David is still a bit of a punk—he wants to say “Fuck You” to this guy or that guy. So he is choosing to spend his time messing around, not creating or being righteous all the time.
He’s a purist, [and] sometimes people that are purists and true to certain principles that they [deem] important can come across as noble, or as dickheads. That all stems from not compromising on your ideals. That is something that is a struggle in his career and his relationships.
David sets up parameters, promises, not moral codes but he won’t borrow a dollar to buy a Coke or won’t take rides. He made a promise to someone that is no longer around. He’s setting his own limits but everyone around him is saying you’re crazy, take the dollar.
We never know the origin of his ‘promises’ [however] we do know that before his father died, he told his dad he would always keep his promises. With someone with his temperament, you can see him taking that very seriously. It is also a reflection of his personality. A bit obsessive compulsive. A little emotionally stunted in some way. Even if he doesn’t think an all powerful deity is watching him, [he believes] if he lets it go, if he weakens for only a minute he will be plunged into a purgatory of compromise. He is terrified to go there.
Do you have any other projects down the line? I know you are going on tour for this book as well.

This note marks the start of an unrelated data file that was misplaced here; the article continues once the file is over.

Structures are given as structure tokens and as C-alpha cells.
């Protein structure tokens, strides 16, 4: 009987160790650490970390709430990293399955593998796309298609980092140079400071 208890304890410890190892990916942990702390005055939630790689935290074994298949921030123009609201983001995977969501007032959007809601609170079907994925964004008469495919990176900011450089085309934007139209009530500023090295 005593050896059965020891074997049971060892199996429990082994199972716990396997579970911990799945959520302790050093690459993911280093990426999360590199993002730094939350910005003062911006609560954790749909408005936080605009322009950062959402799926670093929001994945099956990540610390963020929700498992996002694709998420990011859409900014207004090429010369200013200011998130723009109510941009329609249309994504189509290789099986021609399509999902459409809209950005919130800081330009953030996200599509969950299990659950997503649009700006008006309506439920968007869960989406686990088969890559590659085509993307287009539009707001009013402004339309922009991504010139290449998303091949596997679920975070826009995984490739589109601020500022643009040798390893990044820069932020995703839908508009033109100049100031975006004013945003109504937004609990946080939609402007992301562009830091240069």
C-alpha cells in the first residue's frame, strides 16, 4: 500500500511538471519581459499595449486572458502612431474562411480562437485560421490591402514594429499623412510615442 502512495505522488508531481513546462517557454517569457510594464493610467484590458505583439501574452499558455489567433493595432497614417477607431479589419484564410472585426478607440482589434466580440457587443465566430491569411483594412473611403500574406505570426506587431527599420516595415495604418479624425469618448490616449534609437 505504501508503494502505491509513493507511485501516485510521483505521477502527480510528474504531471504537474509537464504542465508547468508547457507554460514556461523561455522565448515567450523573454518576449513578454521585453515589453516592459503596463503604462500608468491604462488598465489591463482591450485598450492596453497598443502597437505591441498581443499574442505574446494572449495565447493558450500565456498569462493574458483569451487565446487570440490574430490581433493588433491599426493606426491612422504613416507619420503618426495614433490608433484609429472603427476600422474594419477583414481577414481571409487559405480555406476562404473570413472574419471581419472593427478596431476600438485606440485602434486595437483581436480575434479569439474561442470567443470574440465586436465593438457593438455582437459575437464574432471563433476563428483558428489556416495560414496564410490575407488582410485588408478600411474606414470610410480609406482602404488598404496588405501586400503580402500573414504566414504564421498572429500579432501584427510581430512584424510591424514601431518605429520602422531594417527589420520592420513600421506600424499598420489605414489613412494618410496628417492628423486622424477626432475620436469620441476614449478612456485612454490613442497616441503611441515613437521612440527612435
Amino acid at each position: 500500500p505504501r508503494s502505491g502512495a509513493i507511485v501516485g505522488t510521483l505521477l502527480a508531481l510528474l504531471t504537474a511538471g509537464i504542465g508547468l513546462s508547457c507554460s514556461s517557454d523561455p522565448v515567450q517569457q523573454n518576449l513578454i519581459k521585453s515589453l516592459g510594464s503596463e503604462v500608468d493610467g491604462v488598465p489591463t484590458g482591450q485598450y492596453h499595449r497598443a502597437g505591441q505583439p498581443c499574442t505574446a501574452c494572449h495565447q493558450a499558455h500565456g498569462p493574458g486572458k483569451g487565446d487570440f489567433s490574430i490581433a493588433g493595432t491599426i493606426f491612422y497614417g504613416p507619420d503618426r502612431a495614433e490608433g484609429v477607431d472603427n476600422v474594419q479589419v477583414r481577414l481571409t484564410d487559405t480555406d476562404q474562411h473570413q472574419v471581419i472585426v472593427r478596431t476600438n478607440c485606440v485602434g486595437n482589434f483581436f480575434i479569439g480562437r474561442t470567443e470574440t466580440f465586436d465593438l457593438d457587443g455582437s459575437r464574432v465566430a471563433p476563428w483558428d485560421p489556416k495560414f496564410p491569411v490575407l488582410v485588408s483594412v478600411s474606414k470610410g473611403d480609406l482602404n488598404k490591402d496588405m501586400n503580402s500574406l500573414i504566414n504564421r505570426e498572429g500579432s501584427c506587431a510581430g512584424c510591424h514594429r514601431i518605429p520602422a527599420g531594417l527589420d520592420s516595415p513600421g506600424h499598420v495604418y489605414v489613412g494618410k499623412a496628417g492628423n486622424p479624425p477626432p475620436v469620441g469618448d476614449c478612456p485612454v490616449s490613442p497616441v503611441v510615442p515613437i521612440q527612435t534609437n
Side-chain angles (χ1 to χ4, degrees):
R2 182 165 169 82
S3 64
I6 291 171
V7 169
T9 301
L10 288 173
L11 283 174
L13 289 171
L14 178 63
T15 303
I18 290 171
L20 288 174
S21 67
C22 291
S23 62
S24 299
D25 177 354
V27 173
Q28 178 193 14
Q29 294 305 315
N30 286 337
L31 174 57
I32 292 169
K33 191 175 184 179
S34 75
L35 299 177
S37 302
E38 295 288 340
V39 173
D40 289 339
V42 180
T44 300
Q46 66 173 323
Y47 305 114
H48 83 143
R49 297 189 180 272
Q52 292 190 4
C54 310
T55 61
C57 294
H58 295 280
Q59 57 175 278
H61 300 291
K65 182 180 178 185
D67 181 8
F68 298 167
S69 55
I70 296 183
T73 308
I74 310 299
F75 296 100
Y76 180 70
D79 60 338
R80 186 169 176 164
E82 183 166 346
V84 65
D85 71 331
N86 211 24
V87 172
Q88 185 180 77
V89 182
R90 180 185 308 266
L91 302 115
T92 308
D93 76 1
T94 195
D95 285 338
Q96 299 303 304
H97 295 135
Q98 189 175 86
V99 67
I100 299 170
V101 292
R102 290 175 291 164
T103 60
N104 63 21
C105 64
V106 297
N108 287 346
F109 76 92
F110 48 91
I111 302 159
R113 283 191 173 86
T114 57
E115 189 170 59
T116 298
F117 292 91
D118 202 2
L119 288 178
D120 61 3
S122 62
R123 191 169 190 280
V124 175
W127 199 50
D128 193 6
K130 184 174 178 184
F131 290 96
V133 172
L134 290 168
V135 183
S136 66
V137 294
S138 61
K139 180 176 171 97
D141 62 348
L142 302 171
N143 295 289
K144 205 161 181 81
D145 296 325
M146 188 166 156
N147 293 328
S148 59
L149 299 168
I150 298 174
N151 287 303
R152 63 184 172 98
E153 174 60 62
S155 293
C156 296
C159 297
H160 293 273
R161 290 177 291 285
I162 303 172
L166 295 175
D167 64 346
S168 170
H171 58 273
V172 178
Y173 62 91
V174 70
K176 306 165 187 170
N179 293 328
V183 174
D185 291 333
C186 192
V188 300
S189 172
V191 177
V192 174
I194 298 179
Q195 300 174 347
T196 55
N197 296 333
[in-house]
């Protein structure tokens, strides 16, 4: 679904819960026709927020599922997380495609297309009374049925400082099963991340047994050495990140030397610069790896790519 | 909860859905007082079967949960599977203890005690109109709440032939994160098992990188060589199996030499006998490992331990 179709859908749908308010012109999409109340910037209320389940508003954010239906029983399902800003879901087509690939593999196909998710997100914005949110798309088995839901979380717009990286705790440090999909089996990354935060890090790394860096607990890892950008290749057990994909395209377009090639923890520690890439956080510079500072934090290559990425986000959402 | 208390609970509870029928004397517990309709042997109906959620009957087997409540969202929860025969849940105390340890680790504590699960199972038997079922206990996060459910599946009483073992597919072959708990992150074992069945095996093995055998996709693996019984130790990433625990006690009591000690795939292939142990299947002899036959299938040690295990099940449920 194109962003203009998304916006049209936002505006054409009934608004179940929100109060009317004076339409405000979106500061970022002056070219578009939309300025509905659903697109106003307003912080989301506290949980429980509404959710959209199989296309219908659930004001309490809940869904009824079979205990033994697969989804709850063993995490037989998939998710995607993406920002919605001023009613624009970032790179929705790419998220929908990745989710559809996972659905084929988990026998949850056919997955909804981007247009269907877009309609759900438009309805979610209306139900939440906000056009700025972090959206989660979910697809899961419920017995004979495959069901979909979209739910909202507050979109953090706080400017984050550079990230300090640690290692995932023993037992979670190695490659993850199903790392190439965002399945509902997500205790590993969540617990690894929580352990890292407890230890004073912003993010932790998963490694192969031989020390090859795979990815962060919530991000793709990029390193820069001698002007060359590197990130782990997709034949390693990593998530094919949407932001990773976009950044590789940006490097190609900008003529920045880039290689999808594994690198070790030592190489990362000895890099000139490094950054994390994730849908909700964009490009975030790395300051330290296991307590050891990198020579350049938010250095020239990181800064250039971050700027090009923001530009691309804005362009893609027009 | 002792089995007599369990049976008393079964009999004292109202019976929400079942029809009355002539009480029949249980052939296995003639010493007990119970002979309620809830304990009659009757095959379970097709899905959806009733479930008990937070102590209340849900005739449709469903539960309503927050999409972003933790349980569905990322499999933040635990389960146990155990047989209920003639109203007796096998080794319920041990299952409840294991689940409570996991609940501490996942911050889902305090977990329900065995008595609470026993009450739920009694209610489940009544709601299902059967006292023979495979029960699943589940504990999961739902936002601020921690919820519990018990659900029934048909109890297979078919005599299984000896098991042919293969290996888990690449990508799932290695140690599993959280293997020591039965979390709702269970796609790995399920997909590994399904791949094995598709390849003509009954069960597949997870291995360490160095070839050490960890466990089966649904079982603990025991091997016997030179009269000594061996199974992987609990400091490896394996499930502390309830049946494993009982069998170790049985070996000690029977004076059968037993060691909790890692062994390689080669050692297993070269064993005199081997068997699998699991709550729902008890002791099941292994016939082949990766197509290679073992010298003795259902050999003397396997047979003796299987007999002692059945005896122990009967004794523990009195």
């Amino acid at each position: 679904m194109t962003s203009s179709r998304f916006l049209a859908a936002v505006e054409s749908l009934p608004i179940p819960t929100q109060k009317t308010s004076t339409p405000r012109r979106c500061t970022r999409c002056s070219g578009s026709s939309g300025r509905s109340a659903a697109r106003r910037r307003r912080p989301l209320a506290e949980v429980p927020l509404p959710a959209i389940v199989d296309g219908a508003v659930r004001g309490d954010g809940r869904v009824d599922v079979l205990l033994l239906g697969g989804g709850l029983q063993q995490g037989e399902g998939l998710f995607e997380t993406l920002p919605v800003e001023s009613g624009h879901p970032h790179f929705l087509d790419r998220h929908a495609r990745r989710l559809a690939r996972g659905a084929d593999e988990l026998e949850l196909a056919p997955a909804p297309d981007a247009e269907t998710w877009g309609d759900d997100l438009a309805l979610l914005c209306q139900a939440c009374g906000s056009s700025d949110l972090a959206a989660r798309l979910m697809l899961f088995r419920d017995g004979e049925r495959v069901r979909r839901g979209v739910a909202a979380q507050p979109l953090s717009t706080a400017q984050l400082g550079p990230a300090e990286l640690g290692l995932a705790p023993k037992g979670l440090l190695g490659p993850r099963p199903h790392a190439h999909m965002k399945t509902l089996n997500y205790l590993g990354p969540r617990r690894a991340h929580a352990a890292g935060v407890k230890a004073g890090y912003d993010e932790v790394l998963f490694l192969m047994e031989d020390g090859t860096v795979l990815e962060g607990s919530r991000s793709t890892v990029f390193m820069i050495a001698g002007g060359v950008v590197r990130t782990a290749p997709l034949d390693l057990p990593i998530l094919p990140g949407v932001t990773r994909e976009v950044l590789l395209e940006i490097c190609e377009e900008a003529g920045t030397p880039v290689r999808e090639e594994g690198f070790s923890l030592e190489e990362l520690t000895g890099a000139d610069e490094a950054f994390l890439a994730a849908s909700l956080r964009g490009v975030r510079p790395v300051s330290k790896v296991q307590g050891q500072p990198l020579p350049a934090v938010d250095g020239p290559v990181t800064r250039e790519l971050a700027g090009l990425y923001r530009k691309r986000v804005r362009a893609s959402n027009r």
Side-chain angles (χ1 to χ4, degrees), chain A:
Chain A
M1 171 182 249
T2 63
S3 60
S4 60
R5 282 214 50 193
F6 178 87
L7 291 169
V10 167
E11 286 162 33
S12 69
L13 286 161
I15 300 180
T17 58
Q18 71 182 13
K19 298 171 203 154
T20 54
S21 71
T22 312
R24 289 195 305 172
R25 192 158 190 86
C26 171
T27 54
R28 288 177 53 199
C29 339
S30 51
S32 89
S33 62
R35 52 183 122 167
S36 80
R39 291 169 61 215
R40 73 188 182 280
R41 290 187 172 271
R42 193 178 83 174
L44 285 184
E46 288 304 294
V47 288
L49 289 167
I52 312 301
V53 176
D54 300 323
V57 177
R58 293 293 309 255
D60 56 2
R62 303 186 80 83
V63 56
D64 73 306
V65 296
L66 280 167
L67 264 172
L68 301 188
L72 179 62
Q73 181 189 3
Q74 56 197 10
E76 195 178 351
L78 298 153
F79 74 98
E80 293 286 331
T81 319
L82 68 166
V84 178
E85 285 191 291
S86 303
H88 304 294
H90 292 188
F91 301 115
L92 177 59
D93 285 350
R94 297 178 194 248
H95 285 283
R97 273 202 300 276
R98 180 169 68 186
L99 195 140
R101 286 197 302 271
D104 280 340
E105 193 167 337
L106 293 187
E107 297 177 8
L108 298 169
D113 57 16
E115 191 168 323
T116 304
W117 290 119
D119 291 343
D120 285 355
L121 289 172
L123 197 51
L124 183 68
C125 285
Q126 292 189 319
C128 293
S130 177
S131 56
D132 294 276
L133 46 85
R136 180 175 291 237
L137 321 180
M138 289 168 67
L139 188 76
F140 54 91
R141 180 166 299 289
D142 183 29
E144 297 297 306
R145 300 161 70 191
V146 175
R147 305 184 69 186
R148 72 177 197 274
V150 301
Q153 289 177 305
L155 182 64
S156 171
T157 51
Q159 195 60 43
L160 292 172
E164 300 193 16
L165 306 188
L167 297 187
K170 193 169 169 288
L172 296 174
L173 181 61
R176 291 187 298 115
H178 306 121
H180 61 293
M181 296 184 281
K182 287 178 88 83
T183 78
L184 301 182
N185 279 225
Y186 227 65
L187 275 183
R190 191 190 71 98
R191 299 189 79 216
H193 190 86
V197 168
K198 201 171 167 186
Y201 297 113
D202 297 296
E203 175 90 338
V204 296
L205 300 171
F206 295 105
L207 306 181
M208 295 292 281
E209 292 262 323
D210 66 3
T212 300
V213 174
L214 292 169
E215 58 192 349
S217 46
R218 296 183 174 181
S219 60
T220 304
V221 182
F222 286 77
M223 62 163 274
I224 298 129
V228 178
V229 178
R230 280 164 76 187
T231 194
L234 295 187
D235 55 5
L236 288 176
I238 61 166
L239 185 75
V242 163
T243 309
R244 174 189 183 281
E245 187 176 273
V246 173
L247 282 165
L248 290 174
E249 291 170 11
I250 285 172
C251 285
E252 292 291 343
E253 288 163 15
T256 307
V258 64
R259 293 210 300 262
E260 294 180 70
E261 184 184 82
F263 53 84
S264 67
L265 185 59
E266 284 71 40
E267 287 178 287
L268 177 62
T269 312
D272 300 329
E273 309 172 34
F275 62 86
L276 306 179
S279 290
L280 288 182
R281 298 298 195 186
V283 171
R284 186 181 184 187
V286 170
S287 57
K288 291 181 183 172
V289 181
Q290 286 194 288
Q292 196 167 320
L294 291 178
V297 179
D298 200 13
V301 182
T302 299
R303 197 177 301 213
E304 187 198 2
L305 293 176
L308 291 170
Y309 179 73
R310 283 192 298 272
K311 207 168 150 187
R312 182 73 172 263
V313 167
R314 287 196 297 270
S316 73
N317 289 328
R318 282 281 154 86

We are going to 14 cities in 16 days in February, and then six countries following that. This book is going to be coming out this Spring in six languages. There may be others coming very soon. We expect to do a lot of traveling in 2015. The next book is about visual communication and the principles [underlying] any number of different fields. I want to see if I can distill how we communicate with pictures and how it is important to the future of communication.
That will be beyond comic books…
It will take the form of a comic, but yes beyond comics [touching on] education, animation, to data visualizations, [asking] what are some of the common principles we should all try to appreciate in the pursuit of better communication with pictures.
HARVARD BOOKS PRESENTS: SCOTT MCCLOUD DISCUSSES THE SCULPTOR. THE BRATTLE THEATRE, 40 BRATTLE ST., CAMBRIDGE. FEB 5 AT 5:30PM/$5.